The invention is a method for modifying a high-density polyethylene (HDPE)-clay nanocomposite. The method comprises shearing a melt of the nanocomposite at an effective shear rate to improve rheological properties. We have surprisingly found that the modified nanocomposite has significantly increased complex melt viscosity, storage modulus, and loss modulus.
  • DETAILED DESCRIPTION OF THE INVENTION
  • [0007]
    The invention is a method for modifying high-density polyethylene (HDPE)-clay nanocomposites. The method comprises shearing a melt of the nanocomposite at an effective shear rate.
  • [0008]
    Methods of forming the melt may vary widely. The manner in which the melt is formed is not critical and any conventional method may be employed. Normally, the melt is formed by heating the nanocomposite to a temperature above the melting point of the nanocomposite. The upper limit of the temperature is not critical provided that the temperature is not so high as to thermally degrade the nanocomposite.
  • [0009]
    By “an effective shear rate,” we mean that the melt is subjected to a shear that is effective to provide an improvement in, e.g., rheological, mechanical, or barrier property of the nanocomposite. Preferably, the shear rate is 0.01 sec−1 or greater. The upper limit for the shear rate is not critical provided that the shear rate is not so high as to physically degrade the nanocomposite. More preferably, the shear rate is within the range of about 0.01 sec−1 to about 100 sec−1. Most preferably, the shear rate is within the range of about 0.01 sec−1 to about 10 sec−1.
  • [0010]
    Any method to shear a polymer melt can be used. The method of choice is largely dictated by convenience. Examples of shearing methods include thermal shock, pressure alteration, ultrasonics, and mechanical shearing. In one useful procedure, the polymer melt is sheared by thermal shock in which shearing is achieved by alternately raising or lowering the temperature of the melt causing thermal expansions and resulting in internal stresses which cause the shear.
  • [0011]
    In yet another useful procedure, the melt can be subjected to shear by electrical methods in which shear is achieved by high frequency electomagnetic waves impinging on the melt, and by electrical shock using waver amplitude and frequencies to cause shear.
  • [0012]
    Preferably, mechanical shearing methods are employed. On a lab scale, a mechanical shearing can be produced using a rheometer. On a commercial scale, shearing is preferably produced by extrusion in which shearing is achieved by introducing the polymer melt at one end of the extruder (single or double screw) and receiving the sheared polymer at the other end of the extruder.
  • [0013]
    Suitable HDPE-clay nanocomposites for use in the invention include those made by solution, in-situ polymerization, and melt formation. In the solution method, an organoclay and HDPE are dissolved in an organic solvent. After evaporation of solvent, a nanocomposite results. In in-situ polymerization, an organoclay is placed in a monomer solution, the monomer polymerizes, and a nanocomposite forms. In melt formation, a molten HDPE is blended with an organoclay. All of these methods are known in the art.
  • [0014]
    Preferably, the nanocomposite is prepared by a solution method disclosed in co-pending application Ser. No. 10/096,640. The method comprises dispersing or dissolving an organoclay in an aromatic solvent and then adding an HDPE into the resulting clay dispersion or solution. A polar solvent can be added to facilitate the intercalation. Suitable polar solvents include alcohols, glycols, ethers, esters, carbonates, and ketones. Many other polar compounds capable of swelling and increasing interlayer spacing of clay can be used. See, e.g., U.S. Pat. No. 6,287,634. One advantage of the solution method is that no compatiblizing agent is needed.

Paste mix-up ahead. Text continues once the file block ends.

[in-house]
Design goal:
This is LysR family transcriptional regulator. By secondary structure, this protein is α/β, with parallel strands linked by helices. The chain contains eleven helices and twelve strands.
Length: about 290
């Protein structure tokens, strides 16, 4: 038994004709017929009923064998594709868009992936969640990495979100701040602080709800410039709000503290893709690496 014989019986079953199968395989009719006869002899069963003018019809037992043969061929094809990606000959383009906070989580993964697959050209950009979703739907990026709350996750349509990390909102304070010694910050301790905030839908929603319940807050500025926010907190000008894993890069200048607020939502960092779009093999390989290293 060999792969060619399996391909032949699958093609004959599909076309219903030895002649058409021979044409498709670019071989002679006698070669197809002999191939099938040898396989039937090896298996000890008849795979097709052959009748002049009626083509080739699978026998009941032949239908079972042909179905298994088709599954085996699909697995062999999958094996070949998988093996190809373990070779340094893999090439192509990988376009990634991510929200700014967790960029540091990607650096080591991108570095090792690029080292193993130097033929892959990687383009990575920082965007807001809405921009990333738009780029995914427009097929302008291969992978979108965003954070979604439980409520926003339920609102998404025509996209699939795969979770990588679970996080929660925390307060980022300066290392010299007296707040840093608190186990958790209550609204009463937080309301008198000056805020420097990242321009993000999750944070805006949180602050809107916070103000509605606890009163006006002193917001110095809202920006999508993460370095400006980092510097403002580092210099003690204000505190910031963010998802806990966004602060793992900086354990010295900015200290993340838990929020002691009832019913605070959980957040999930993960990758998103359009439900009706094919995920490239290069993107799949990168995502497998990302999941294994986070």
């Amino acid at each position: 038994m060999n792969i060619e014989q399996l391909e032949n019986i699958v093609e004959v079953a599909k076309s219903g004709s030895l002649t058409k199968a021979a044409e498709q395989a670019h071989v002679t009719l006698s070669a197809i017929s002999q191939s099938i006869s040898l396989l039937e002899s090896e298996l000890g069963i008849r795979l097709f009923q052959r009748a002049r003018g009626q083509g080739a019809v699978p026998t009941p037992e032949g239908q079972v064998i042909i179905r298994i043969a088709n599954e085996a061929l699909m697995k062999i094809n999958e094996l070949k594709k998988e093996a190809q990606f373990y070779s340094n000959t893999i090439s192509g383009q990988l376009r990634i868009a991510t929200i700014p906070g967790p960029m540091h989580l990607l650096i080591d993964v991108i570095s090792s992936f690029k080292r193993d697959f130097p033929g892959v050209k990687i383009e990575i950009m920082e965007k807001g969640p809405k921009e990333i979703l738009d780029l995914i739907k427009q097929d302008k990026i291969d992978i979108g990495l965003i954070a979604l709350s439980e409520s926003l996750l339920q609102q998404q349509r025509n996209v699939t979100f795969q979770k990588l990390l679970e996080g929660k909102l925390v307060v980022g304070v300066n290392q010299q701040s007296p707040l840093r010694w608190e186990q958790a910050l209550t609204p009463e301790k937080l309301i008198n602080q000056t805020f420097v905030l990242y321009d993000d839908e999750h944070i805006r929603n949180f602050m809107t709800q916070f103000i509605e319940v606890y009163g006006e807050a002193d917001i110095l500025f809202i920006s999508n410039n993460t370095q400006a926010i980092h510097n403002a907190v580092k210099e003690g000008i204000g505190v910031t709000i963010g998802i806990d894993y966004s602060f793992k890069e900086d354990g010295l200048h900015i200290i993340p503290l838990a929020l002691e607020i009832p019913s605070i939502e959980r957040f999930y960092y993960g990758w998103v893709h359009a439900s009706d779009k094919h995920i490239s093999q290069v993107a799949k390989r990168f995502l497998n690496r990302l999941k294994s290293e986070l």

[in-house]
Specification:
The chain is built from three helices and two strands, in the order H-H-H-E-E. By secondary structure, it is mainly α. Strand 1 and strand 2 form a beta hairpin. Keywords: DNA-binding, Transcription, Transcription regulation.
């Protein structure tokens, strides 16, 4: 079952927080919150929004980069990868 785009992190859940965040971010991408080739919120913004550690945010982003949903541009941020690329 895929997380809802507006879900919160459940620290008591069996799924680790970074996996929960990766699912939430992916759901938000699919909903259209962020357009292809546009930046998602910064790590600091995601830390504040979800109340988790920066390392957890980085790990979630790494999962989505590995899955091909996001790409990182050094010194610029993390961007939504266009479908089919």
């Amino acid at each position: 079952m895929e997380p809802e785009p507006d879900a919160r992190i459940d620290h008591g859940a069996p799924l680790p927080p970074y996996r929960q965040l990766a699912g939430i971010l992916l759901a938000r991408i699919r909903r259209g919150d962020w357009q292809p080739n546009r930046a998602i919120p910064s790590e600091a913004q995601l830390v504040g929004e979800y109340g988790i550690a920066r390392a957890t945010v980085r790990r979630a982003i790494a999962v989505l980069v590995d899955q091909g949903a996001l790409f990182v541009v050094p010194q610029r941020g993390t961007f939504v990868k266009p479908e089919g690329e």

• [0015]
    The key to the successful preparation of a nanocomposite is to exfoliate the clay so that the clay can be dispersed in the polymer matrix to form layered structures. The layered structures can be measured by, for example, transmission electron microscopy (TEM).
  • [0016]
    Suitable HDPE has a density of 0.94 g/cm3 or greater. See ASTM D4976-98: Standard Specification for Polyethylene Plastic Molding and Extrusion Materials. HDPE can be an ethylene homopolymer or a copolymer of ethylene with a minor portion of a C3 or longer a-olefin. HDPE includes those made by Ziegler catalysts and by newly developed single-site catalysts.
  • [0017]
    Suitable clays include montmorillonite, saponite, hectorite, mica, vermiculite, bentonite, nontronite, beidellite, volkonskoite, magadite, and kenyaite, the like, and mixtures thereof. Preferably, the clays are modified, for example, with quaternary ammonium compounds. The modified clays are called organoclays. Organoclays are commercially available, for example, from Southern Clay Products, Inc.
  • [0018]
    Preferably, the nanocomposite has an HDPE/clay weight ratio from about 1:1 to about 100:1. More preferably, the ratio is from about 5:1 to about 50:1. HDPE forms a matrix wherein the exfoliated clay is dispersed. In addition to HDPE and clay, the nanocomposite comprises optional components, including fillers, plasticizers, mold release agents, antioxidants, ultraviolet light stablizers, antistatic agents, flame retardants, and the like, and mixtures thereof. These optional components are well known in the polymer industry.
  • [0019]